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Shell agrees to start cleaning polluted area

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Under a compensation deal hammered out in London in January, Shell’s Nigerian arm agreed to pay $55m to people in Bodo following a three-year legal battle over the 2008 spills that devastated their environment.

3 May 2015

Lagos – Shell has agreed with Nigerian fishing community of Bodo in the Niger Delta to start the clean-up of two devastating oil spills in 2008, activists and locals say.

Steven Obodekwe of the Centre for Environment, Human Rights and Development lobby said: “Shell officials met representatives of Bodo community in Port Harcourt and the meeting was attended by officials of the Dutch embassy, Unep (United Nations Environment Programme), Amnesty International and local activists.

“It was agreed that the clean-up would commence in July or August,” he said.

Affected by spills

Local fisherman Christian Kpandei who is among the 15 600 affected by the spills, said a foreign contractor had been hired for the job.

“The company involved in the clean-up of the massive spills in the Gulf of Mexico is handling the job. The clean-up will start by August,” he said.

He said Bodo residents were looking forward to the exercise, adding that almost all the people affected by the spills had been compensated.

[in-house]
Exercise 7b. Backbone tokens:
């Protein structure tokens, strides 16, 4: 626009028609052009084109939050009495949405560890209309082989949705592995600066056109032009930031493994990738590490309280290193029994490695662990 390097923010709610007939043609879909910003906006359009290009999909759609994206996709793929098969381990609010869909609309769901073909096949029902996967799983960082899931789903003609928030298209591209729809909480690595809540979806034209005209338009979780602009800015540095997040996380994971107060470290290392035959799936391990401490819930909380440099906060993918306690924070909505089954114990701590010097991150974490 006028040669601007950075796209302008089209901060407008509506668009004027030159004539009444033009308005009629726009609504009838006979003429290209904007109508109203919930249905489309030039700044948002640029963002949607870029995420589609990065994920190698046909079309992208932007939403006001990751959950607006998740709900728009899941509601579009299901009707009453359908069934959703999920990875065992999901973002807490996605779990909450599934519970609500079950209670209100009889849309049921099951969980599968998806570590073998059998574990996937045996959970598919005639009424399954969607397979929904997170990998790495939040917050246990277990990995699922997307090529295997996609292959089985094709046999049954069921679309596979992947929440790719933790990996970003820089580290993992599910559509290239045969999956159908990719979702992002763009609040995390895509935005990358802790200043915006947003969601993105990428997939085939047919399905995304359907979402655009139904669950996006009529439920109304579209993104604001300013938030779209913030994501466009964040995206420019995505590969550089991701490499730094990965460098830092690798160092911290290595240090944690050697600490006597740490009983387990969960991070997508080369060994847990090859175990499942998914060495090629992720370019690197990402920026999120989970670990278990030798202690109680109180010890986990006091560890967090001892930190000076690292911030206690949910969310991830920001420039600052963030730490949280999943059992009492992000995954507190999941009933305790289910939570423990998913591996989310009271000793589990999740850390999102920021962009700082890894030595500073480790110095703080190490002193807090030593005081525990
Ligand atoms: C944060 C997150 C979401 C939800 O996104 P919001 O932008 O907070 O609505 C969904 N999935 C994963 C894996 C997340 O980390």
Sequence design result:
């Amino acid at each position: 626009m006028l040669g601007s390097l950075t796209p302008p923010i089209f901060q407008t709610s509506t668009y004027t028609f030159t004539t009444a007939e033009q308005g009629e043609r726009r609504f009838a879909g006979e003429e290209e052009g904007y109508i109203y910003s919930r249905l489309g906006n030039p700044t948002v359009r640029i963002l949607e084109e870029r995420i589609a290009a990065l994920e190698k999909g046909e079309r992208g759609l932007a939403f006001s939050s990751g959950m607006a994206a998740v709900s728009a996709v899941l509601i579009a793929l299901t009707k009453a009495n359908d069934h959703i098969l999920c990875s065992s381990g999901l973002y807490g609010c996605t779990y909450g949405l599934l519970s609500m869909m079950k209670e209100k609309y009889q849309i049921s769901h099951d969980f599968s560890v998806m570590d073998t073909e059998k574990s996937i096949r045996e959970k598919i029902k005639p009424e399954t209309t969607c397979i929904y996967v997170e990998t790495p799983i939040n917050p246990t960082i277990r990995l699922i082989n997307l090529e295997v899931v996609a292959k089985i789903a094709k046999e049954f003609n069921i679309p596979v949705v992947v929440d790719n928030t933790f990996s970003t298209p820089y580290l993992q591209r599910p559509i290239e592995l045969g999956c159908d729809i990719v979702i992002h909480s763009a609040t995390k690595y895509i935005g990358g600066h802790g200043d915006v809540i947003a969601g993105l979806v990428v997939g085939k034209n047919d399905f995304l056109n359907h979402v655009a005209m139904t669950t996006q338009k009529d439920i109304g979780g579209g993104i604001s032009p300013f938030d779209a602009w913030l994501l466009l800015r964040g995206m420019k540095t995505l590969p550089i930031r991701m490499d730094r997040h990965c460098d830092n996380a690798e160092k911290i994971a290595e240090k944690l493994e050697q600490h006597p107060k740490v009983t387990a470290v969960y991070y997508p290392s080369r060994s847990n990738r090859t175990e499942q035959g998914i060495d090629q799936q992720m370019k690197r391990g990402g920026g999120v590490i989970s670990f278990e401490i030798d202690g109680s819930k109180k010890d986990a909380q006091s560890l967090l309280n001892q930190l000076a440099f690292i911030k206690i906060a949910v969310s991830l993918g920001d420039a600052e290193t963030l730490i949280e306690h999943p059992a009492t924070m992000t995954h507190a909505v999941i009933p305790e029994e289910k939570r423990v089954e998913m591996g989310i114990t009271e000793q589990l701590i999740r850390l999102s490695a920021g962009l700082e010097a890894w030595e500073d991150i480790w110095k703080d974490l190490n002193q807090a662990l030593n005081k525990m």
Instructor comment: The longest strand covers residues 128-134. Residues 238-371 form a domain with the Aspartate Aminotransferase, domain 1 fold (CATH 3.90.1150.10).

“Virtually all the 15 601 claimants have been settled. I’m one of the beneficiaries. There are only 150 people that are yet to collect their compensation because of some issues of inheritance,” he said.

Godwin Ojo of Port Harcourt-based Environmental Rights Action said the clean-up was belated.

Deeply impoverished

“Shell should stop breaching its agreements with its host communities. The clean-up is long over due. It should have started in January,” he said.

Under a compensation deal hammered out in London in January, Shell’s Nigerian arm agreed to pay $55m to people in Bodo following a three-year legal battle over the 2008 spills that devastated their environment.

Nigeria is Africa’s biggest crude producer, exporting some two million barrels per day but much of the Niger Delta oil region remains deeply impoverished.

SOURCE

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